• The war in Africa, where Rommel made his name, was more a sideshow than a main theatre (compared to Europe), where there was lots of opportunity to maneuver and flank due to limited resources on both sides.
  • Generalship is a lot more about training,logistics and foresight than tactics (which is why they say officers are given a mandatory lobotomy when they become majors and go to staff school).  Generals focus on getting men, weapons, beans and bullets to where they are needed and that their troops are properly trained so that they can execute a given plan in their sleep (e.g. read the Tom Clancey/Fred Franks book on Desert Storm - Into the Storm).  And this is why I chose Patton.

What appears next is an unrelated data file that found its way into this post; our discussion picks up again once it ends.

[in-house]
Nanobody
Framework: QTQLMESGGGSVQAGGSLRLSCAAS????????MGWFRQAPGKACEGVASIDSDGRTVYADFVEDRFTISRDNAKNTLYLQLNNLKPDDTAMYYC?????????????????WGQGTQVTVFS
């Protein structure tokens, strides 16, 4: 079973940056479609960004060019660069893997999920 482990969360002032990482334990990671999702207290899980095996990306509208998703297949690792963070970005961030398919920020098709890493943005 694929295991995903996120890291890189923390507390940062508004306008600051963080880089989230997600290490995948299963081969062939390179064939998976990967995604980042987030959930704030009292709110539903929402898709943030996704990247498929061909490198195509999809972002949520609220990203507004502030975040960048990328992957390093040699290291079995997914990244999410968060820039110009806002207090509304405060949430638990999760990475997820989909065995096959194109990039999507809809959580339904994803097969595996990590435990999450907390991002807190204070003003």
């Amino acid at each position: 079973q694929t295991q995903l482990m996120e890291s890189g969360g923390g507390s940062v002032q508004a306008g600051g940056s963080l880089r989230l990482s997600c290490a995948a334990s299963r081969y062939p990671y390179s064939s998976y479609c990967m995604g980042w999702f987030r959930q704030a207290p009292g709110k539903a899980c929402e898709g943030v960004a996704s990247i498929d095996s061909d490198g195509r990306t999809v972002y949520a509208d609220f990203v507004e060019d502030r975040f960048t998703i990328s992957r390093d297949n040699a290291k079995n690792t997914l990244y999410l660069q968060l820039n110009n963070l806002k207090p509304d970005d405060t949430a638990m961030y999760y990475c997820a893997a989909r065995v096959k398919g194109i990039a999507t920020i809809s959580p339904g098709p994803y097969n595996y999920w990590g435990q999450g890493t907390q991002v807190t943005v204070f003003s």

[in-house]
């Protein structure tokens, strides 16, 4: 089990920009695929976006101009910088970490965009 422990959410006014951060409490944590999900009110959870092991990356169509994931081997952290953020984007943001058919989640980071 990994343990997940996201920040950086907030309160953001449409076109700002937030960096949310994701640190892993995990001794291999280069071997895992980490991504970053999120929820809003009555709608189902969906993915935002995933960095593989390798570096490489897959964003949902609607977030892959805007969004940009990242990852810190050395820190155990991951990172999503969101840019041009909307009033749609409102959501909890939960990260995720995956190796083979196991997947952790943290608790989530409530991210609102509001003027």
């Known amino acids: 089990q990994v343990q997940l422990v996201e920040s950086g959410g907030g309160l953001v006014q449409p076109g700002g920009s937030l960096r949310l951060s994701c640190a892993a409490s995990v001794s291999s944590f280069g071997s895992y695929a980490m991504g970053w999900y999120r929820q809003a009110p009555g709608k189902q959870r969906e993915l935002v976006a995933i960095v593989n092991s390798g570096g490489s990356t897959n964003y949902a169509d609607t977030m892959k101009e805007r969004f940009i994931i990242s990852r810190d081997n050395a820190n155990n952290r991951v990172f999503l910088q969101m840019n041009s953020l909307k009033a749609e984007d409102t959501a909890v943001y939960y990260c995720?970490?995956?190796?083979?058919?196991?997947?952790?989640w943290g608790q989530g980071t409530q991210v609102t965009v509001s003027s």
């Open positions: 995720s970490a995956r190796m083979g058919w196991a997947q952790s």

During the early days of the Battle of the Bulge, Patton had his HQ plan a multidivisional movement off the front line to rescue the troops in the Bulge and destroy the assailing forces. The plan was assembled in a very short time and perfectly executed.  Rommel never came close to planning or attempting such an operation, much less succeeding with something on the same scale.



Matthew J35U5 #40 Posted 27 October 2014 - 06:11 PM

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I'm disappointed that this thread didn't turn into a discussion about which would win a fist-fight. 

Patton v Rommel v Zhukov v Montgomery, last man standing wins.

KeystoneCops, on 14 June 2015 - 12:51 PM, said: